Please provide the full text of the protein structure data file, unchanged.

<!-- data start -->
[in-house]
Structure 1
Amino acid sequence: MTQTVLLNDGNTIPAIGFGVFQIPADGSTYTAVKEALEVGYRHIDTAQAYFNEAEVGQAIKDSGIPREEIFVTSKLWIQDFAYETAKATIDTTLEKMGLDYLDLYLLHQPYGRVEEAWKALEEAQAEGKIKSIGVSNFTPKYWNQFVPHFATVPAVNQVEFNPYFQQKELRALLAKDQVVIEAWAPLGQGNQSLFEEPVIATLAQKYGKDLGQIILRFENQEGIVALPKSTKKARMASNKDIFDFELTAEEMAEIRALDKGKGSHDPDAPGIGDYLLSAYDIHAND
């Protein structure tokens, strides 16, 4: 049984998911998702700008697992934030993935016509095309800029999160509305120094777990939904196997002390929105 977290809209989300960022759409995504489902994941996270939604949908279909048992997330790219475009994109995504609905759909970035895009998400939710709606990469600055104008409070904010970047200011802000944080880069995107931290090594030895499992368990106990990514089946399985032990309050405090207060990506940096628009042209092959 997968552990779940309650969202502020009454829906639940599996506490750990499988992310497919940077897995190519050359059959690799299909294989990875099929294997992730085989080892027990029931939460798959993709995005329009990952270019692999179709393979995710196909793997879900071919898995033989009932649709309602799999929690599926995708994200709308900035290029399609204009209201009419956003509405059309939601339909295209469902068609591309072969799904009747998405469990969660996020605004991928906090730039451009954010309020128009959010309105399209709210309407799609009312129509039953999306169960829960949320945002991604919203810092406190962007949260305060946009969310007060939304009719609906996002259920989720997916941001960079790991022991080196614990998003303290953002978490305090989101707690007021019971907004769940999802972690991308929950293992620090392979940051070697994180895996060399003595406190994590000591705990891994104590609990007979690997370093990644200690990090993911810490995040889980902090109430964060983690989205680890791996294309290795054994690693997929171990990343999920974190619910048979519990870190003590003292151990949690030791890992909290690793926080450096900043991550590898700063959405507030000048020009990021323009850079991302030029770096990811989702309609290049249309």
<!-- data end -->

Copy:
[in-house]
Structure 1
Amino acid sequence: MTQTVLLNDGNTIPAIGFGVFQIPADGSTYTAVKEALEVGYRHIDTAQAYFNEAEVGQAIKDSGIPREEIFVTSKLWIQDFAYETAKATIDTTLEKMGLDYLDLYLLHQPYGRVEEAWKALEEAQAEGKIKSIGVSNFTPKYWNQFVPHFATVPAVNQVEFNPYFQQKELRALLAKDQVVIEAWAPLGQGNQSLFEEPVIATLAQKYGKDLGQIILRFENQEGIVALPKSTKKARMASNKDIFDFELTAEEMAEIRALDKGKGSHDPDAPGIGDYLLSAYDIHAND
């Protein structure tokens, strides 16, 4: 049984998911998702700008697992934030993935016509095309800029999160509305120094777990939904196997002390929105 977290809209989300960022759409995504489902994941996270939604949908279909048992997330790219475009994109995504609905759909970035895009998400939710709606990469600055104008409070904010970047200011802000944080880069995107931290090594030895499992368990106990990514089946399985032990309050405090207060990506940096628009042209092959 997968552990779940309650969202502020009454829906639940599996506490750990499988992310497919940077897995190519050359059959690799299909294989990875099929294997992730085989080892027990029931939460798959993709995005329009990952270019692999179709393979995710196909793997879900071919898995033989009932649709309602799999929690599926995708994200709308900035290029399609204009209201009419956003509405059309939601339909295209469902068609591309072969799904009747998405469990969660996020605004991928906090730039451009954010309020128009959010309105399209709210309407799609009312129509039953999306169960829960949320945002991604919203810092406190962007949260305060946009969310007060939304009719609906996002259920989720997916941001960079790991022991080196614990998003303290953002978490305090989101707690007021019971907004769940999802972690991308929950293992620090392979940051070697994180895996060399003595406190994590000591705990891994104590609990007979690997370093990644200690990090993911810490995040889980902090109430964060983690989205680890791996294309290795054994690693997929171990990343999920974190619910048979519990870190003590003292151990949690030791890992909290690793926080450096900043991550590898700063959405507030000048020009990021323009850079991302030029770096990811989702309609290049249309």